Tuesday, April 19, 2011

Bed Nomad on Standby

Bed Nomad on Standby

I’ve never flown standby.

Not that I wouldn’t, my life has just never suited it.

Waiting on the sidelines, with bag in hand, hoping to reach intended destination at a reasonable time. Wondering, where will I sleep tonight? Patience and time overshadow the feverish rat race. And now, in a roundabout way, I feel like I can relate. My Pillow and Blanket in hand. Not knowing where I’m going to sleep, or if I am going to be kicked out of my bed in the middle of the night.

This is an interesting game we play. We’re trying to get Emmett to sleep in his own room. I try to sleep where he is not.

There’s a fundamental difference between Emmett and Stella.

Stella took forever to get to sleep but when she was a sleep, she was out for the count. She would quietly wake up for her feedings and quietly go back to bed. No harm done, we all lived happily together in a room.

Emmett in contrast falls asleep quickly on his own. He’ll sleep a while and then he’ll wake up, his alarm bells spring into action. He could double as an air raid siren. There is no warm up phase. No Warning. Just a short gasp and then its full ear arresting, bone rattling screaming.

Some of the girls at Mommy’s PKIP class complain that they have to get up once a night. Through the 45 minute to 2 hour interval haze, Maja’s groggy eyes would love being woken only once a night.

This screaming really wouldn’t be such a problem if he were to say, quiet down shortly afterwards. Alas, it is not so. Lately, nothing can calm him down. It could be that we are having problems with his skin. It’s dry, red and inflamed. He scratches and scratches till he’s bloody. I can’t blame him. It would irritate me too.

Or it could be growing pains. He’s big, already around 8 kilos (17 pounds).

It could be over stimulation and he doesn’t know how to calm down. If he sleeps good during the day, he sleeps good at night. If he sleeps bad during the day, he sleeps poorly during the night. He has no sleep pattern at all. One day is good, one day not. He has no sleep pattern at all. One day is good, one day not.

Lately we have been dealing with the latter.

I have confirmed another parenting lesson. We know that Gay couples have more disposable income than parents. This is because they don’t spend their dough on any far fetched theory to try and keep their kids quiet, happy and sleeping. They don’t have a frequent buyer account at www.amazon.de

We heard that babies like a nesting feeling, like being back in the womb. We bought one of the large German breast feeding pillows to curve around him. Bam bam had other plans, pulling this nest of a pillow on top of his chest, beating the daylights out of it.

Strike one

He needs extreme body contact with mommy. Maybe a stuffed animal with a heartbeat to mimic the heartbeat he heard in the womb. We purchased Filo the fox. Emmett grabbed is little fuzzy ears and swung it around as if he was riding a bull at the rodeo.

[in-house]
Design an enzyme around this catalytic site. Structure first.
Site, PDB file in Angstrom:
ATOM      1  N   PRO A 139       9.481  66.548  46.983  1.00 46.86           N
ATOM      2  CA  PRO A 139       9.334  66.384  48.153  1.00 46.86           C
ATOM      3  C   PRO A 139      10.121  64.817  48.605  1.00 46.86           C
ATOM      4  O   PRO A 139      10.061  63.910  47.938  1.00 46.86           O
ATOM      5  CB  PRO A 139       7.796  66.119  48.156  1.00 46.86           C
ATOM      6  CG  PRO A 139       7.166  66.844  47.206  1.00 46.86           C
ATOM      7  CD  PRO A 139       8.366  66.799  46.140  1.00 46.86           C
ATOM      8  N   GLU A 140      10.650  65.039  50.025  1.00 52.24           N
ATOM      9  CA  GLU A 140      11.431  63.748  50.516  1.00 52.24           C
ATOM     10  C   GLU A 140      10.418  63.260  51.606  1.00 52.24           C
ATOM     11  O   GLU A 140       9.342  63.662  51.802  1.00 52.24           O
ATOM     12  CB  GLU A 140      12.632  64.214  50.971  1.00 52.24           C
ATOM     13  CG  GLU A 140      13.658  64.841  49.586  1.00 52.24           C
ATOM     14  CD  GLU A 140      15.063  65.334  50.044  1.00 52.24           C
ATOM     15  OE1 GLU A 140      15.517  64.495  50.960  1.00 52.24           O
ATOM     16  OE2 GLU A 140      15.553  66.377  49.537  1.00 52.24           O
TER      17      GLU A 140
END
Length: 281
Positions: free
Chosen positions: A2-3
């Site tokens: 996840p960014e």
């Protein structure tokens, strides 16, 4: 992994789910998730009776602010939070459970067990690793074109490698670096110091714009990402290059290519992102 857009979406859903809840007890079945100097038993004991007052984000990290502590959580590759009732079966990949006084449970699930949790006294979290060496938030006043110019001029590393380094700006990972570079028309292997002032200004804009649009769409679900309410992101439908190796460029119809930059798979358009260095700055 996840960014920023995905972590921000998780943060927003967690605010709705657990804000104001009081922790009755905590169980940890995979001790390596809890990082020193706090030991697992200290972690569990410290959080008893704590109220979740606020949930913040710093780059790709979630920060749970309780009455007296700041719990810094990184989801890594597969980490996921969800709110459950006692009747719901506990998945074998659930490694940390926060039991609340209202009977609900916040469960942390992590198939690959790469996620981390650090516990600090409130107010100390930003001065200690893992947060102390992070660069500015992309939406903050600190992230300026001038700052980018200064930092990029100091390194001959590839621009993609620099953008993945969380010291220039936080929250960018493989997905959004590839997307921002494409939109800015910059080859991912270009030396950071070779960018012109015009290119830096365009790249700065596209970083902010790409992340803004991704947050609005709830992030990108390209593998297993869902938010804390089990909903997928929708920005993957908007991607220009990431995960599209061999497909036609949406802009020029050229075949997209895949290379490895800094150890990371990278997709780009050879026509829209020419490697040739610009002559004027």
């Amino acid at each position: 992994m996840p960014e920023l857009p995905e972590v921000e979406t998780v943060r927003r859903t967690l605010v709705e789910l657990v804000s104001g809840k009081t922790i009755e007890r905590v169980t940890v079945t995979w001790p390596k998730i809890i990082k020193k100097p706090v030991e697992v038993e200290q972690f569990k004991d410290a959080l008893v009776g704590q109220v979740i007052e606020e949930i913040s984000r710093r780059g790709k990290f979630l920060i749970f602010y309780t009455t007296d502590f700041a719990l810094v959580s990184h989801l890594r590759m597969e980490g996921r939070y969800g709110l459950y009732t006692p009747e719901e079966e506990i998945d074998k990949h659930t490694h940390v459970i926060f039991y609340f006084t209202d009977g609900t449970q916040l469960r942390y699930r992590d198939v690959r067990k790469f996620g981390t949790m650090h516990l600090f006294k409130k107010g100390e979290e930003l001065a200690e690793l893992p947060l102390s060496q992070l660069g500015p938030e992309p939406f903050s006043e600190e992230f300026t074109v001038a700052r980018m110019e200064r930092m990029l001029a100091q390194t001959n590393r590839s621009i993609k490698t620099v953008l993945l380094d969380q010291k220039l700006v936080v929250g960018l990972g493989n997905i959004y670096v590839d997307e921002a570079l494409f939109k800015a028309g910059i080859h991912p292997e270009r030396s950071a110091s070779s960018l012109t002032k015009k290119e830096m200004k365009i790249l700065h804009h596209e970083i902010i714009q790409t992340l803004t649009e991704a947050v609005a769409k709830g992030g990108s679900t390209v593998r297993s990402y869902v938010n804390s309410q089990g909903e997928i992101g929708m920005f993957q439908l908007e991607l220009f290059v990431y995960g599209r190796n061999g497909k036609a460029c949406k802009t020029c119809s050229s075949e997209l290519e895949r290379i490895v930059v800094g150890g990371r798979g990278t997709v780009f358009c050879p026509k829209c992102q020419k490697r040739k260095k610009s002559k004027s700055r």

Strike two

And so there I stand in the hallway, pillow and blanket in hand.

The Bed nomad,

Wondering if I will get to sleep in my bed?

Will I be kicked out in the middle of the night as he carries on? Sometimes, this bed ain’t big enough for the three of us.

Last night was a blood red full moon.

According to me, he slept well. That means I didn’t hear him. I didn’t even hear when Mommy put him in our bed. He slept through my alarm.

Oh I hope this is a sign that we’re headed in the right direction and not just the effects of a full moon.

Monday, April 11, 2011

The apple doesn’t fall far part 2

Apparently as a child, Maja was known for asking simple questions or stating the obvious in an inordinately loud tone in public spaces.

Things such as

“Mommy, that isn’t a very pretty mommy is she?


“Mommy, why is that man so big?”

When our daughter saw a tall bald man stooping over at the cash register the other day, she continued the tradition.

“Mommy, why doesn’t that man have any hair?”

Mommy had to turn away real fast to keep from laughing.

Wednesday, April 6, 2011

Laws of Nature

The best way to learn is by doing.

I know this. I like to get my hands dirty.

And now with a young child who is learning everything for the first time this is even more apparent.

It’s a delicate process, trying to facilitate an environment where a child can explore and learn without coming to too much harm.

No matter how many times you say something, the child has to experience “it” themselves.

Teacher Tom recently wrote an interesting blog post about this balance. Natural concequences

Last week, Stella and I sat together on our swing set. She still enjoys the security of her baby swing where she really doesn’t have to hang on.

She likes me to push her high and hard.

We chatted and I mentioned that maybe this year she can graduate to the “big girl” swing so Emmett can have the baby swing.

She found this a tremendous idea.

I ask her if she wants to give it a try.

She responded with an enthusiastic “YEAHHHHHHH”

“Now” I told her, “You have to hang on…the whole time”

“Okay daddy” as I unscrewed her safety net…and push.

Lightly, just slightly back and forth.

I think she’s got it.

I push just a bit harder, still boring by our normal swinging standards.

And I blinked,

I heard a thud.

My daughter is lying on all fours, stunned, motionless at first.

At the apex of the back swing, when she should have kicked her legs forward and lean back, Stella let go.

Sliding with a “Whoomp” onto the ground.

The crying only lasted a minute when we established that all body parts were still working.

Lesson learned? Maybe. In Ratzeburg over the weekend, she ventured onto the large swing and when she was ready, she let me know she wanted to get down instead of just letting go.